All Topics / General Property / Think i’ve found a cash-flow neutral property in Bendigo :)

Viewing 8 posts - 1 through 8 (of 8 total)
  • Profile photo of usmicusmic
    Join Date: 2012
    Post Count: 12

    Hey guys, I think I will end up buying a property like this:

    What I appeals to me about this property is its location and price. Vacancy rates in Bendigo are a low 1.5% (API magazine) and this property is very close to the city centre which, means that I will be able to find tenants quickly.

    Lets say I buy the property for $330,000 with a 20% deposit ($66K + closing costs), leaves me with a $264,000 mortgage.
    The repayments will be (assuming 7% interest):
    = 7% of 264K
    = $18,480 per annum

    In the advertisement the rent of the property is stated to be $390 per week.
    $390 * 52 weeks = $20,280.

    Ultimately, I will be receiving $1800 per year from this property. Most of this would probably go into repairs and maintenance etc for the property so I would probably do some renovations to increase the rental yield after a year.
    Does this sound like a good plan?
    I am I missing something?

    Profile photo of v8ghiav8ghia
    Join Date: 2005
    Post Count: 871

    Toss in the following and see what you think…….although everyone differs on their interpretation of positive, neutral and negative.
    * Property Management at say 7 – 9 %
    *Council Rates $1200 and Water rates $750
    * Also interest on the deposit and closing costs if you have had to borrow them as well via redraw, a line of credit, or a separate loan


    Profile photo of usmicusmic
    Join Date: 2012
    Post Count: 12

    Valid points, v8ghia. I was hoping that the $1800 remaining after repayments would cover most of the costs of the property (council and water rates). I don’t plan on getting a property manager while I only have one property so that can be a saving. I will probably end up using a few hundred $ from my own pocket for repairs or any unseen costs but I don’t mind doing that for a year, as I plan on doing some renovations and increasing rent after a year (hopefully making it cash-flow positive). Also, I am currently saving the deposit for a property, I wont need a loan for that :)

    Profile photo of streamlineinvestingstreamlineinvesting
    Join Date: 2010
    Post Count: 171

    This sort of property would most likely still be negatively geared for a couple of years, however it would seem it should only be maybe a couple of hundred a month at most, and I assume you would be able to cover this expense fairly comfortably.

    Renovations are definitely a good way to be able to get access to instant equity, and also a reason to increase the rental return to get this property up to neutral/positive.

    Profile photo of WomeninPropMelbWomeninPropMelb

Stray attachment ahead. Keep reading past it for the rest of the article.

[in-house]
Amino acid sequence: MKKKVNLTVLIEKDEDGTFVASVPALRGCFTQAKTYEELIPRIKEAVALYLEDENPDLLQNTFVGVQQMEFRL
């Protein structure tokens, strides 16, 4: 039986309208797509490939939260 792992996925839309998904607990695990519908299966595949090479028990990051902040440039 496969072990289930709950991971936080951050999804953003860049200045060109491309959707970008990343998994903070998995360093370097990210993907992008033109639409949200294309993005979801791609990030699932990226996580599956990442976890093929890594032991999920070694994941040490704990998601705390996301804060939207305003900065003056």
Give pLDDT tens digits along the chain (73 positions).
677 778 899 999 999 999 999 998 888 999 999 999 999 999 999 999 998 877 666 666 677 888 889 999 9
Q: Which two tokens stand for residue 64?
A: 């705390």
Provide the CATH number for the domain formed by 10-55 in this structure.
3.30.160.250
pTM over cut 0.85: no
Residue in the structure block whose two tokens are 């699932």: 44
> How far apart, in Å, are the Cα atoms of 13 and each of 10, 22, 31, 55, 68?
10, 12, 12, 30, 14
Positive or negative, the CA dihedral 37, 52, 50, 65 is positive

Join Date: 2008
    Post Count: 234

    This all sounds good. I am not sure about rent at $390 pw. This sounds a bit high? It looks like a nice place…..
    Vacancy rates may be low but not sure if this rent is what is the going rate in this market.
    I was a former real estate agent in Melbourne – so I dont know much about Bendigo.
    have you compared other properties around the area? Also prices of similar properties in the area around Bendigo?
    I think Bendigo is a good place to invest- not too far from Melbourne- I found when looking at regional area’s hard to pin point what is a good price.
    This property looks renovated – so you are paying for someone elses work. You say you want to renovate yourself as well but it looks like the work is already done?
    Hope to see you Wednesday night and we can chat more.

    Profile photo of CatalystCatalyst
    Join Date: 2008
    Post Count: 1,404

    Don't forget insurance. But you will get a good amount back on depreciation seeing that it seems newly renovated. Don't forget that you also need to add the costs of stamp duty and solicitor costs.

    So will not likely be negative *given the 20% deposit. But not REALLY CF+ as the deposit you have put into it could be earning interest else where.
    I like to count ALL costs.

    Profile photo of M.InvestigatorM.Investigator
    Join Date: 2012
    Post Count: 134

    Yeah, I reckon it's more negative geared than neutral.

    Insurance costs will be around $400 per year or higher or lower depending who you go with – oh and I tihnk it might be different for you since you plan to self-manage the property.

    Also consider that even though you will manage the property yourself, there will be costs such as advertising and other related costs in finding new tenants.

    Profile photo of Nigel KibelNigel Kibel
    Join Date: 2005
    Post Count: 1,425

    Its sounds ok personally I do not see the point in buying something with little capital growth just to be neutral. However thats just my opinion. 

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